Both houses of Congress have now submitted their budget plans. The House plan is the handiwork of Republican Rep. Paul Ryan and balances the budget within 10 years by cutting spending. The Senate plan, offered by Democratic Sen. Patty Murray, puts the debt on a downward trajectory relative to the economy but is far less draconian. It includes a balanced mix of spending cuts and revenue increases but does not aim to balance the budget.
No one who has looked at the numbers thinks it’s realistic to balance the budget within 10 years while simultaneously increasing defense spending and reducing the top tax rates (personal and corporate) to 25 percent. The only way Ryan is able to achieve this feat is by eliminating Obamacare and slashing funding for Medicaid and other domestic programs, including those targeted on low-income families.
That said, getting our fiscal house in order should be a high priority. The issue is not only how to do this—but also how quickly. Too much fiscal austerity in the near term could tank the economy. The spending cuts enacted in 2011 after the debt ceiling crisis and the tax increases agreed to in early 2013 will, in combination, halve the growth rate of the economy in 2013, according to the Congressional Budget Office. The Democrat’s budget includes $100 billion of short-run spending on infrastructure, education and technology to help the economy recover more rapidly. Whatever one thinks of such stimulus measures, the fact remains that without stronger growth, businesses and households will not thrive, revenues will not recover and debt will continue to grow even if spending is reduced.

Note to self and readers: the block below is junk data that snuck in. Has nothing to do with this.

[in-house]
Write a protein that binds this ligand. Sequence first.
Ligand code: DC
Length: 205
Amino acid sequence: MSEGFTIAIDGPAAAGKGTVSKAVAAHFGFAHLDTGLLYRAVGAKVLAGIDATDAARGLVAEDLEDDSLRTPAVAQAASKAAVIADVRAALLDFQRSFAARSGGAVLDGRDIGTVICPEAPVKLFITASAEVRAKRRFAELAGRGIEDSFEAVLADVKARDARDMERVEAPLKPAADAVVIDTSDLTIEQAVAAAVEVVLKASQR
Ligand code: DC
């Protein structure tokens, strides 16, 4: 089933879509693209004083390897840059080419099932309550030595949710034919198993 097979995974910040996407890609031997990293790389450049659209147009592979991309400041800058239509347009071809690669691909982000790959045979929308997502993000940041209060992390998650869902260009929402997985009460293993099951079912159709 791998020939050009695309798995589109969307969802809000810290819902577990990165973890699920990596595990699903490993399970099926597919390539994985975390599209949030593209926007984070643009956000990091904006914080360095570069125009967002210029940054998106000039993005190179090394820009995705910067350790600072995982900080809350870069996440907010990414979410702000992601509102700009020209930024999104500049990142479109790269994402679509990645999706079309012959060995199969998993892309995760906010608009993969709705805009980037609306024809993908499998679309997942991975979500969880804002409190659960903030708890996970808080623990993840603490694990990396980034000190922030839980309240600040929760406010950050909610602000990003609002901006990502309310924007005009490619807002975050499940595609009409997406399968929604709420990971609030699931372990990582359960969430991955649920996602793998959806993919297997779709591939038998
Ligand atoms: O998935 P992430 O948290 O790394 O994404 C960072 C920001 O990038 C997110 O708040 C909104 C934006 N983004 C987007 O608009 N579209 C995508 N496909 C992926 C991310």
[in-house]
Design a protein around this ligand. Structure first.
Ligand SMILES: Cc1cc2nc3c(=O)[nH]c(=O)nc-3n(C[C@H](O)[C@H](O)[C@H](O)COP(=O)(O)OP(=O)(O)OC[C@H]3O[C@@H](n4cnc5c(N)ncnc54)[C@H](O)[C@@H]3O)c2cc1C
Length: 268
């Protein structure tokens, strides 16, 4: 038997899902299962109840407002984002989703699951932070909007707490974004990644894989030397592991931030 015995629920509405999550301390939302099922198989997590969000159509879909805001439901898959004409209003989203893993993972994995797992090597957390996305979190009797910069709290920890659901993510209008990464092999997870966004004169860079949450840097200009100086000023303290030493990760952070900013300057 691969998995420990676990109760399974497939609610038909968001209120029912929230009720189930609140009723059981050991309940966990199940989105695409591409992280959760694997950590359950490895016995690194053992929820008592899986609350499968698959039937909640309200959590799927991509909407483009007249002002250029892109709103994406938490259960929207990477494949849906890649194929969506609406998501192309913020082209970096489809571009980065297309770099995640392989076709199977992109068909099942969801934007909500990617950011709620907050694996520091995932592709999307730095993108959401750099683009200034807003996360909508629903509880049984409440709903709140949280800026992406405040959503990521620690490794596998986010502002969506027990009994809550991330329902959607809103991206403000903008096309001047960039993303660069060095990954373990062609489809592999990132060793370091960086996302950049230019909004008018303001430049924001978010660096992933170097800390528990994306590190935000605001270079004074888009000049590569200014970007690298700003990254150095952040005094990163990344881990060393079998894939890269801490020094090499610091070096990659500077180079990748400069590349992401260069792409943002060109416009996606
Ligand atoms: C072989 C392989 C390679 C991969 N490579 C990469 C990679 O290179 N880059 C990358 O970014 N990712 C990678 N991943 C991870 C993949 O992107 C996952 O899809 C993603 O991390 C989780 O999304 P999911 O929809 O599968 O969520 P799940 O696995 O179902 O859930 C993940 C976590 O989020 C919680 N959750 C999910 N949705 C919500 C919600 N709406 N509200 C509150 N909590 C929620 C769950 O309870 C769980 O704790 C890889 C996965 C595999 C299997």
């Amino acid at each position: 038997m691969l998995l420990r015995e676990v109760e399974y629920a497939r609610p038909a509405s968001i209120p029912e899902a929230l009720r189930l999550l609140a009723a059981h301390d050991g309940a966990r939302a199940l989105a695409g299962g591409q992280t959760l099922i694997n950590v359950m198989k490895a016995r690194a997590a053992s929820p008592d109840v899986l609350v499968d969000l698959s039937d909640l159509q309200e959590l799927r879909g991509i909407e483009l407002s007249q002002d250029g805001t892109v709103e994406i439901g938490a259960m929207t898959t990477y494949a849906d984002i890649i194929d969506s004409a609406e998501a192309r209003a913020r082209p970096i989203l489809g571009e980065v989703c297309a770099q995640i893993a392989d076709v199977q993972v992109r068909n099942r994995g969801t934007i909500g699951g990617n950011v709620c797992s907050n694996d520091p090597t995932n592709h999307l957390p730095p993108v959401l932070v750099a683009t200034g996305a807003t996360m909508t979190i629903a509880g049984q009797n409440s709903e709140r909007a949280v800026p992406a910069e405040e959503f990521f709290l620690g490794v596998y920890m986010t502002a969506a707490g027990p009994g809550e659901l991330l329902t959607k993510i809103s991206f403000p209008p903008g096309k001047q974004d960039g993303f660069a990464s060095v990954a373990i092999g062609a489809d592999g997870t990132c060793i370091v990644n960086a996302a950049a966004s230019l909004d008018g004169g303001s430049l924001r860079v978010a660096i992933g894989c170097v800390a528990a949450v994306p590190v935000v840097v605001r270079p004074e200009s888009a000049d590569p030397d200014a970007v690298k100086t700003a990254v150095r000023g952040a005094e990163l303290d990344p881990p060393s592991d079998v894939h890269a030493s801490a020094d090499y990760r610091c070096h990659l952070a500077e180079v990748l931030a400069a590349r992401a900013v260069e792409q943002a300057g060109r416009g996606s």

In my view, we should enact reforms to both taxes and entitlements now but phase them in gradually so as not to undermine the recovery. Whether we balance the budget at the end of 10 years is less important than whether Democrats and Republicans can set aside their starkly different priorities and enact these painful but much needed reforms. The big challenge is not balancing the budget; it’s restoring confidence that our government can work.
[On the politics of climate impacts in the U.S.] The political alignment around climate impacts is almost the exact opposite of the political alignment around emissions control.
[On the geographic distribution of climate impacts in the U.S.] The damages to the Republican-electing congressional districts is almost double what it is for the Democratic-voting districts.
[On Brookings research on climate impacts and human health] When you look at the out years, all of these factors have an impact on what people care about, but the really dominant effect is mortality. Literally, there’ll be climate change killing people.